Shedmasters: Neway Wheel Repairs

By: Guy Allen, Unique Cars magazine

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Hi-tech production line comes as a big surprise


If you thought repairing a damaged alloy wheel was just a bit of sanding and a lick of paint, think again. The professionals over at Neway Wheel Repairs have a whole different take on the process


When was the last time you saw someone repairing an alloy wheel? Up until recently, to us the idea brought up images of someone using power tools, some filler, and a bit of spray paint. However, as we recently discovered, there is another way which involves going very close to remanufacturing the wheel.

Having recently spent what we suspect is a small fortune on a massive upgrade, Neway Wheel Repairs in sunny Melbourne has adopted a sophisticated production line system to handle the massive volume of work that comes its way.

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Above: Trent and Kyle with some of their handiwork.

"Our family has been doing this for over 60 years, says Trent Gilbert, who runs the show with brothers Kyle and Jai. "That’s since 1950. Our grandpa, Bill, and partner Tony O’Kane used to work at Austral Wheels and then started Neway.

"Their main business was wire wheel manufacturing – they were the biggest before you could get this stuff out of India and China. Dave (who works at the Neway facility) still does the spoked wheels, but we’ve stepped away from that and do the new stuff – alloy wheel refurbishment.

"We’re busy. We do a lot of insurance work and have three vans on the road picking up work from all round Melbourne. So if your car is in an accident, we’ll go and pick up the wheels from the panel shop."


The new machinery was installed during 2023.

"We travelled the world," explain Trent, "including America and England. It’s a niche business here, but over there it’s bigger and we needed to find the best equipment.

"We flew people out from overseas and got them to install the machinery – it’s the best you can buy at the moment." The installation took a month and was effectively a custom build to fit the space and meet local regulations.

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So what’s the process? "You bring in a damaged wheel, we’ll strip the tyre off and spin it up to check that it’s round. Any buckles are taken out.

"Once that’s done we load a basket that takes 30 wheels. It goes in to a tank of locally-bought chemical used in a hot strip. That takes roughly five hours.

"It brings the wheel back to the substrate, which is just the alloy.

"The benefit of that is you’re working from start and not dealing with anyone else’s paint. This is the point they get to when they’re first manufactured, then you get to the powder coating. It’s the same process as OEM.

"Most of the time we can fix a damaged wheel. We don’t weld very often and we don’t fix cracks. We can re-roll and straighten wheels and fix surface damage. We can remachine them and paint them any colour you want."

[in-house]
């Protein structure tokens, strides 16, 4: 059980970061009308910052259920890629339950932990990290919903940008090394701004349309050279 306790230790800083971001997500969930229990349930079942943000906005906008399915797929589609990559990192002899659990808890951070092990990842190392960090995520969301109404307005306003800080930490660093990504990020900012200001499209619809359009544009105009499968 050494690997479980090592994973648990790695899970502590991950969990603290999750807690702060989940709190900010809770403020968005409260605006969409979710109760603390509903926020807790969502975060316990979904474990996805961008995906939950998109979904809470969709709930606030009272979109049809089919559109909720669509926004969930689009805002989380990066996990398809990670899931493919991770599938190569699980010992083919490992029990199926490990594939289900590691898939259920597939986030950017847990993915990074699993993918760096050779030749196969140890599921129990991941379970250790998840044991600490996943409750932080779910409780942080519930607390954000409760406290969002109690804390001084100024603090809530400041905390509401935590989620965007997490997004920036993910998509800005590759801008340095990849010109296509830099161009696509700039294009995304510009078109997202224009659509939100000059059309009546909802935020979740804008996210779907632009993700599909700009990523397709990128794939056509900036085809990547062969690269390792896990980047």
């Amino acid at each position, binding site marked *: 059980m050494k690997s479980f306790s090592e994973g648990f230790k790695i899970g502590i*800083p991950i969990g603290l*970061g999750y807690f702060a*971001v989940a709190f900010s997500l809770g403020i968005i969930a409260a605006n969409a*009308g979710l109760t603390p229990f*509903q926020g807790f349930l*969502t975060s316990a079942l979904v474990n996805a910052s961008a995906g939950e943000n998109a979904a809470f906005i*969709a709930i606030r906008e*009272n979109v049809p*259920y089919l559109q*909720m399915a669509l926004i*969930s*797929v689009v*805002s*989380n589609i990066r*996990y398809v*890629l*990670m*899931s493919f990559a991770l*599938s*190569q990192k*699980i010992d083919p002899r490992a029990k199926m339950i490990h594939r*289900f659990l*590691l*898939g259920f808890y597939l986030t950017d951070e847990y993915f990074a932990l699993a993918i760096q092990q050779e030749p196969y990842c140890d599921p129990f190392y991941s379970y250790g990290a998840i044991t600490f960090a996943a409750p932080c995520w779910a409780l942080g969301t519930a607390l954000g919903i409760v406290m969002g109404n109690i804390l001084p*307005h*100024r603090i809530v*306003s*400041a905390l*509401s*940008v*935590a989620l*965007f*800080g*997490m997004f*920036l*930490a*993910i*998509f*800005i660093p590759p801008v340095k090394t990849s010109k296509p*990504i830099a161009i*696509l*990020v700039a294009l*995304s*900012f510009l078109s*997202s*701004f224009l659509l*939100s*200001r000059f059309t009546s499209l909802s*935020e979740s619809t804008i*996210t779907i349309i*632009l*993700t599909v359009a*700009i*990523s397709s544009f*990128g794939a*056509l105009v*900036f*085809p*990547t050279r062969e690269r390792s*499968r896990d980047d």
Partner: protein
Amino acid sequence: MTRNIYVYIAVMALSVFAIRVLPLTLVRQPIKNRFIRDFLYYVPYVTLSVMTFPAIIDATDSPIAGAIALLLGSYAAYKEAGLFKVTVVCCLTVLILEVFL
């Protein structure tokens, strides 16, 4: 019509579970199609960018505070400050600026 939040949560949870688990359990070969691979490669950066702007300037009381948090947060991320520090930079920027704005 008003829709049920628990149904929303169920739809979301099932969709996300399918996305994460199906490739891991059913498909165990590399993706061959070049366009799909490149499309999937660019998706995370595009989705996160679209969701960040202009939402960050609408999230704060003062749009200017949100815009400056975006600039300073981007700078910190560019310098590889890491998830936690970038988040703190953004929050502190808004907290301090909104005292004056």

After stripping, the wheels are blasted with stainless steel shot in part to give the initial powder coat something to stick to.

The colour is a three-stage system: the primer is powder, the colour is water-borne paint and then clear is and acrylic powder. It’s the same way they come out from the factory.

"It takes four days from start to finish – it’s quite a process to do it properly," says Trent. "This is not a touch-up job as we can’t go over any old stuff. It’s a full remanufacture."

The system is designed to have a couple of runs of 30 wheels on the go, at different stages, and to complete a strip overnight.

Handling the system is partly about traffic control, matching up wheels into batches so the production line flows as well as possible.

The wheels travel through an oven and emerge at around 220 degrees so the primer can be applied hot. Doing it this way allows the primer to ‘flow’ resulting in an ultra-smooth finish. They then get baked and move on to the colour stage.


The process varies a little for machine-finished wheels, which are taken up to the colour stage and then put on the CNC for a diamond cut on the face. Then they get a clear coat. Demand is such there are two machines going at any one time.

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"The last time we upgraded was around five years ago and we grew out of it in a year," says Trent. "This time we’ve gone big so we don’t have to do it again.!"

There are a lot of moving parts. Nevertheless, Neway cheerfully tackles custom jobs for anyone looking for a unique finish.

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You end up with what is basically a new wheel. After this all they need is a wash with water and a rag to keep them looking good.


Given these guys tackle wheel repair for a living, what’s their advice on getting wheels for your toy? "Get factory wheels, if you can find a set that works for you, as they’re good quality." If you’re buying aftermarket, the advice is a cheap wheel is a cheap wheel, so expect to pay thousands rather than hundreds for a decent quality set.

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We had a spare set of 10-spoke BMW M wheels for our E39 540 Sport that were badly in need of refurbishment. They had lots of kerb rash, along with the usual stone chips and nicks.


The finished product is stunning – almost too good to put back on the car!


Meanwhile Neway also managed to roll out a bend in a rear ROH rim on our 850. However we plan to get the extra set of 10-spoke factory wheels done up and sling those on this car.


Neway Wheel Repairs contact:

Tel 03 9457 3141

11 Beatrice Ave, Heidelberg West, Vic 3081



Instagram: @neway_wheel_repairs


(Look for the videos on the repair process.)

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